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Impact of Early Revascularization on Major Adverse Cardiovascular Events in Relation to Automatically Quantified Ischemia


Abstract

OBJECTIVES

Using a contemporary, multicenter international single-photon emission computed tomography myocardial perfusion imaging (SPECT-MPI) registry, this study characterized the potential major adverse cardiovascular event(s) (MACE) benefit of early revascularization based on automatic quantification of ischemia.

BACKGROUND

Prior single-center data reported an association between moderate to severe ischemia SPECT-MPI and reduced cardiac death with early revascularization.

METHODS

Consecutive patients from a multicenter, international registry who underwent $^{99m}$Tc SPECT-MPI between 2009 and 2014 with solid-state scanners were included. Ischemia was quantified automatically as ischemic total perfusion deficit (TPD). Early revascularization was defined as within 90 days. The primary outcome was MACE (death, myocardial infarction, and unstable angina). A propensity score was developed to adjust for nonrandomization of revascularization; then, multivariable Cox modeling adjusted for propensity score and demographics was used to predict MACE.

RESULTS

In total, 19,088 patients were included, with a mean follow-up of 4.7 ± 1.6 years, during which MACE occurred in 1,836 (9.6%) patients. There was a significant interaction between ischemic TPD modeled as a continuous variable and early revascularization (interaction p value: 0.012). In this model, there was a trend toward reduced MACE in patients with >5.4% ischemic TPD and a significant association with reduced MACE in patients with >10.2% ischemic TPD.

CONCLUSIONS

In this large, international, multicenter study reflecting contemporary cardiology practice, early revascularization of patients with >10.2% ischemia on SPECT-MPI, quantified automatically, was associated with reduced MACE.

Abstract

OBJECTIVES

Using a contemporary, multicenter international single-photon emission computed tomography myocardial perfusion imaging (SPECT-MPI) registry, this study characterized the potential major adverse cardiovascular event(s) (MACE) benefit of early revascularization based on automatic quantification of ischemia.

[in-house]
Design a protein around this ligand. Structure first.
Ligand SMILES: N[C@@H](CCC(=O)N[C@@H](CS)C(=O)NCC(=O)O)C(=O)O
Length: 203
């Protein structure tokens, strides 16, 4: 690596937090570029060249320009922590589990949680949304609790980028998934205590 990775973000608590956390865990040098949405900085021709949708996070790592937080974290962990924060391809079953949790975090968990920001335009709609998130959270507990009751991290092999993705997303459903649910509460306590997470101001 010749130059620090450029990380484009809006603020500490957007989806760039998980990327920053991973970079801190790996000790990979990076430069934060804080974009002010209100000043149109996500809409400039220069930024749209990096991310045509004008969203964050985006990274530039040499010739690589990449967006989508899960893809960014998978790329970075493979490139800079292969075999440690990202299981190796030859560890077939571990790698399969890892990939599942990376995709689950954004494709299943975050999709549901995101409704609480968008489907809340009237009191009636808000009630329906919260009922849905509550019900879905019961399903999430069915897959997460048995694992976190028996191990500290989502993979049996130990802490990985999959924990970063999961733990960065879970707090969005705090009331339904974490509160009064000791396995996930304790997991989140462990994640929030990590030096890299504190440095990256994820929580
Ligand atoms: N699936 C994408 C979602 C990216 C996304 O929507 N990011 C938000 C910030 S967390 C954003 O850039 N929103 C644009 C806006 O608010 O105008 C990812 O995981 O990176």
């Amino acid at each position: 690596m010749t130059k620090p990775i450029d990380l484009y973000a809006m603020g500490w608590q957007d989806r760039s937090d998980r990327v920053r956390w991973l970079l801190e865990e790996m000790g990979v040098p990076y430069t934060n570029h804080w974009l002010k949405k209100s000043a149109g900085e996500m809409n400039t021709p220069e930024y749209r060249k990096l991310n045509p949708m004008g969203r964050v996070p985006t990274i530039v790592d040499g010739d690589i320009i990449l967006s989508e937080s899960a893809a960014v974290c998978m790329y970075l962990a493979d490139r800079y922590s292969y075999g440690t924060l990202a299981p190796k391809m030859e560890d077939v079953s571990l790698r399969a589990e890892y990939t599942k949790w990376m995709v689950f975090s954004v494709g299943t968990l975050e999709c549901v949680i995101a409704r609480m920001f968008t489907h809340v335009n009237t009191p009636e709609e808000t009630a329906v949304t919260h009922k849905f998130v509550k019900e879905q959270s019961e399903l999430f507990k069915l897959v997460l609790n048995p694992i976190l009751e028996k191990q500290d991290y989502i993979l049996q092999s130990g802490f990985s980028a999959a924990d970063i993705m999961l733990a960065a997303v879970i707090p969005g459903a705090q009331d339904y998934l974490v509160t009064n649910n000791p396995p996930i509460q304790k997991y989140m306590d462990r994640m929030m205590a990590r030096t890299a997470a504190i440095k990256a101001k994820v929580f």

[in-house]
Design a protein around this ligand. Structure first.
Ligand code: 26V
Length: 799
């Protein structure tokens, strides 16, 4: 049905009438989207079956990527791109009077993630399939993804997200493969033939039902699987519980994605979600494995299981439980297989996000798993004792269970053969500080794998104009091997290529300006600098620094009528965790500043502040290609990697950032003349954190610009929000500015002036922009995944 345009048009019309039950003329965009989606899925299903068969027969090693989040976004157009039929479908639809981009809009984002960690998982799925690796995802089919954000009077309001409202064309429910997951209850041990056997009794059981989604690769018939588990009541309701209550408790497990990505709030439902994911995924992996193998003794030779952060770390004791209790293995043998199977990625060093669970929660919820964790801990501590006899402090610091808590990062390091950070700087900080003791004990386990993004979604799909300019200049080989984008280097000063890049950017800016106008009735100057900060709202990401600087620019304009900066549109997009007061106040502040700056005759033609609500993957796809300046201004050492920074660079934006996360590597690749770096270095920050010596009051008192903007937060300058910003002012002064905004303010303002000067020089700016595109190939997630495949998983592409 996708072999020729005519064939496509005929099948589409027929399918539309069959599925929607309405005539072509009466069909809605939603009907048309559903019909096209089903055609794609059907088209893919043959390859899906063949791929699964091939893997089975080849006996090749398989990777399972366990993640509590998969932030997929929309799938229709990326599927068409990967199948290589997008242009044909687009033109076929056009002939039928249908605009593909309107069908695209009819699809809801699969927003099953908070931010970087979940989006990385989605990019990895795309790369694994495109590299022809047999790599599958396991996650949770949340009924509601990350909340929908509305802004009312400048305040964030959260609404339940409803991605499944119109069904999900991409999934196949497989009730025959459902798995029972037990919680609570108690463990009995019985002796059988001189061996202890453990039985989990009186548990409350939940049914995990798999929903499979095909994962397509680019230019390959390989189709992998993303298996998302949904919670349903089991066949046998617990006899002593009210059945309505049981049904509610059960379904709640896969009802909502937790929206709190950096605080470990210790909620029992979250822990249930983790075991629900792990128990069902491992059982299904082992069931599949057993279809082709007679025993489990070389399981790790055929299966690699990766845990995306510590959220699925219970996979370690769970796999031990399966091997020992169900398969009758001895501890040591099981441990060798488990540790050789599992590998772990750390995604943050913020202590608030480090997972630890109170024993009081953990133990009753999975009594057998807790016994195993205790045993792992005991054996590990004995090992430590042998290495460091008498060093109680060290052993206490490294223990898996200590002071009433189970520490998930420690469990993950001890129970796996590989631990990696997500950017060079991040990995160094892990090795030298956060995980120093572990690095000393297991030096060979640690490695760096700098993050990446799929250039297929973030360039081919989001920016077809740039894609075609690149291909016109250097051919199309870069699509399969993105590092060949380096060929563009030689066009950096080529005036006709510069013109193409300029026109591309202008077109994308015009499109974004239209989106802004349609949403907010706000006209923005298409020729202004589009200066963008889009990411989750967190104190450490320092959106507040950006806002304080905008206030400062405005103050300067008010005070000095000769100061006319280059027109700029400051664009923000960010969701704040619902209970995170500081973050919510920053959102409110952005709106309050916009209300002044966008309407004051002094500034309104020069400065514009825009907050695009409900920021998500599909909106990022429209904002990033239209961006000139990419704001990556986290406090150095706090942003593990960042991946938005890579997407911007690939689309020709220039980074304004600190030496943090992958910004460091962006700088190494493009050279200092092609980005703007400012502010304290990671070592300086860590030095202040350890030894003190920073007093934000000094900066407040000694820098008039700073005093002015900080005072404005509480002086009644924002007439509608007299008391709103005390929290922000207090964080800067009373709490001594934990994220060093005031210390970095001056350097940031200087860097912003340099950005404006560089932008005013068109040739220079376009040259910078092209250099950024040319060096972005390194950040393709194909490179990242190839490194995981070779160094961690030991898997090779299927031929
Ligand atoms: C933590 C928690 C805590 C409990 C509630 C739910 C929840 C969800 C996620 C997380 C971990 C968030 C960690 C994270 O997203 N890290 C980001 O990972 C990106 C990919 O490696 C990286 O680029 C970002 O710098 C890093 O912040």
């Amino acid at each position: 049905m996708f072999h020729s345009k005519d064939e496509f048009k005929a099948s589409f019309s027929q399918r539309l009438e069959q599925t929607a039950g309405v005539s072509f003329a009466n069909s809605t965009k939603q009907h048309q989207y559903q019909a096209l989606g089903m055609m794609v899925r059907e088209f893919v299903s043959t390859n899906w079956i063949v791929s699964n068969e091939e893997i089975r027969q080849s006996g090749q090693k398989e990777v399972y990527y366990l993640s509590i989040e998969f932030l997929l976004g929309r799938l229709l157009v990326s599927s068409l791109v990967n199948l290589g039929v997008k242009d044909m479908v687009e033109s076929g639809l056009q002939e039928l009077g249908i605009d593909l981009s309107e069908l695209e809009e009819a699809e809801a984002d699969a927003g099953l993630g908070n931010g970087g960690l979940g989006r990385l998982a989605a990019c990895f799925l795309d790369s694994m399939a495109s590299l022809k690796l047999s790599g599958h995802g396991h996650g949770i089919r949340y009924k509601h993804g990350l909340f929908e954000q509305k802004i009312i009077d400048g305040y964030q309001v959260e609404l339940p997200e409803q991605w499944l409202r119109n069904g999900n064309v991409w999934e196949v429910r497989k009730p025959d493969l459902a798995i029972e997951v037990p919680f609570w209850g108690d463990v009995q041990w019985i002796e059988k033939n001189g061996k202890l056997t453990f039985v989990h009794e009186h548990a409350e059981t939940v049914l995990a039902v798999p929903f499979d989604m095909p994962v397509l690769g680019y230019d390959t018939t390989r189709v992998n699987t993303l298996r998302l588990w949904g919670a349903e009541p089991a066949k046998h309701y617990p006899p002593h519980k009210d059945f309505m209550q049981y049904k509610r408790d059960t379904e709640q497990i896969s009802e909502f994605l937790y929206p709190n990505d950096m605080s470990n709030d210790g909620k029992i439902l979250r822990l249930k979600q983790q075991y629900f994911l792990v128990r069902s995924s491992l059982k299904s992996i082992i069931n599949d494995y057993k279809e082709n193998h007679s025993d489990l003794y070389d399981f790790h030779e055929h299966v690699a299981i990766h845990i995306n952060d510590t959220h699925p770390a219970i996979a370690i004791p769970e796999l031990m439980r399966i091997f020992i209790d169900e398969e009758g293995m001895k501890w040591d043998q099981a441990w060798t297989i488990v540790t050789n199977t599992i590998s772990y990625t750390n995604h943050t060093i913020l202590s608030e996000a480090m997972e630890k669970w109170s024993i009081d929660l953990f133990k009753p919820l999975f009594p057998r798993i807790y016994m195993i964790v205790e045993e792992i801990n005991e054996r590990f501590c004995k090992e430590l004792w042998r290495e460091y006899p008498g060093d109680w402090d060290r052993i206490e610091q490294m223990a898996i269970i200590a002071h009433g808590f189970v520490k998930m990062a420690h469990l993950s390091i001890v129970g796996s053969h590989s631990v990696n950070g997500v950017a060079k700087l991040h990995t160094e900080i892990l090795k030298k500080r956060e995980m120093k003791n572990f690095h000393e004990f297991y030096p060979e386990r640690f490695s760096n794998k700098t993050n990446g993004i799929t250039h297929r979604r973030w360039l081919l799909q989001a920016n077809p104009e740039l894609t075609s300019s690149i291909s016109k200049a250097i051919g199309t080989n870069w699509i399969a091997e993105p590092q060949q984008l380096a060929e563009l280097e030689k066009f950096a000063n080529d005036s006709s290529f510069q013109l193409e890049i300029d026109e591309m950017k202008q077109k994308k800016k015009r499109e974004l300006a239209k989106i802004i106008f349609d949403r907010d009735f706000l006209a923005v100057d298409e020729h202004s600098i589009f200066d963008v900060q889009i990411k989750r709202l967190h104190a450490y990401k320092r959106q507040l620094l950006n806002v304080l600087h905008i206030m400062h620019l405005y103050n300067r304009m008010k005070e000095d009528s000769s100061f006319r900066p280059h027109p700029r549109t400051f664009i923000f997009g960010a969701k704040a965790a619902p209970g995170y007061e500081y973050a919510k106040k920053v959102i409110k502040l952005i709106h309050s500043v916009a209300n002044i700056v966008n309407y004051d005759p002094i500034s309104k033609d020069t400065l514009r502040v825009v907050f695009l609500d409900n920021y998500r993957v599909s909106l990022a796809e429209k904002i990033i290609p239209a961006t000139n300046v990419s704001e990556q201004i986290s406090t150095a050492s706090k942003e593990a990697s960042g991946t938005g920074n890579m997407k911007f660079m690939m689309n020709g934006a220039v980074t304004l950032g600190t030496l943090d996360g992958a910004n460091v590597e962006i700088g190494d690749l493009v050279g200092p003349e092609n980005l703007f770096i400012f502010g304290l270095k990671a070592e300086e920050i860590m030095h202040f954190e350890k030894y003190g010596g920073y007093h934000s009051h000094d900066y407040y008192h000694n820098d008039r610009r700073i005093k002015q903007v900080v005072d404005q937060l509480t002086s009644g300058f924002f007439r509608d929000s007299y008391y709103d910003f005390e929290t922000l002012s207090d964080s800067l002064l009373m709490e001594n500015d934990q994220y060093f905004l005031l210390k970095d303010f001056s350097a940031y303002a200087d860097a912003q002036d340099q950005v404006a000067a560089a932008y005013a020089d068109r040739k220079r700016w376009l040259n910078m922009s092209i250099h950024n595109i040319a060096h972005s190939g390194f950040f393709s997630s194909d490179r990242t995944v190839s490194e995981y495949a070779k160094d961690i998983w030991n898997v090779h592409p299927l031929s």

BACKGROUND

Prior single-center data reported an association between moderate to severe ischemia SPECT-MPI and reduced cardiac death with early revascularization.

METHODS

Consecutive patients from a multicenter, international registry who underwent $^{99m}$Tc SPECT-MPI between 2009 and 2014 with solid-state scanners were included. Ischemia was quantified automatically as ischemic total perfusion deficit (TPD). Early revascularization was defined as within 90 days. The primary outcome was MACE (death, myocardial infarction, and unstable angina). A propensity score was developed to adjust for nonrandomization of revascularization; then, multivariable Cox modeling adjusted for propensity score and demographics was used to predict MACE.

RESULTS

In total, 19,088 patients were included, with a mean follow-up of 4.7 ± 1.6 years, during which MACE occurred in 1,836 (9.6%) patients. There was a significant interaction between ischemic TPD modeled as a continuous variable and early revascularization (interaction p value: 0.012). In this model, there was a trend toward reduced MACE in patients with >5.4% ischemic TPD and a significant association with reduced MACE in patients with >10.2% ischemic TPD.

CONCLUSIONS

In this large, international, multicenter study reflecting contemporary cardiology practice, early revascularization of patients with >10.2% ischemia on SPECT-MPI, quantified automatically, was associated with reduced MACE.

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Additional indexing

Item Type:Journal Article, refereed, original work
Communities & Collections:04 Faculty of Medicine > University Hospital Zurich > Clinic for Nuclear Medicine
Dewey Decimal Classification:610 Medicine & health
Language:English
Date:16 August 2020
Deposited On:03 Sep 2020 11:40
Last Modified:03 Sep 2020 11:47
Publisher:Elsevier
ISSN:1876-7591
OA Status:Closed
Free access at:Publisher DOI. An embargo period may apply.
Publisher DOI:https://doi.org/10.1016/j.jcmg.2020.05.039
PubMed ID:32828784

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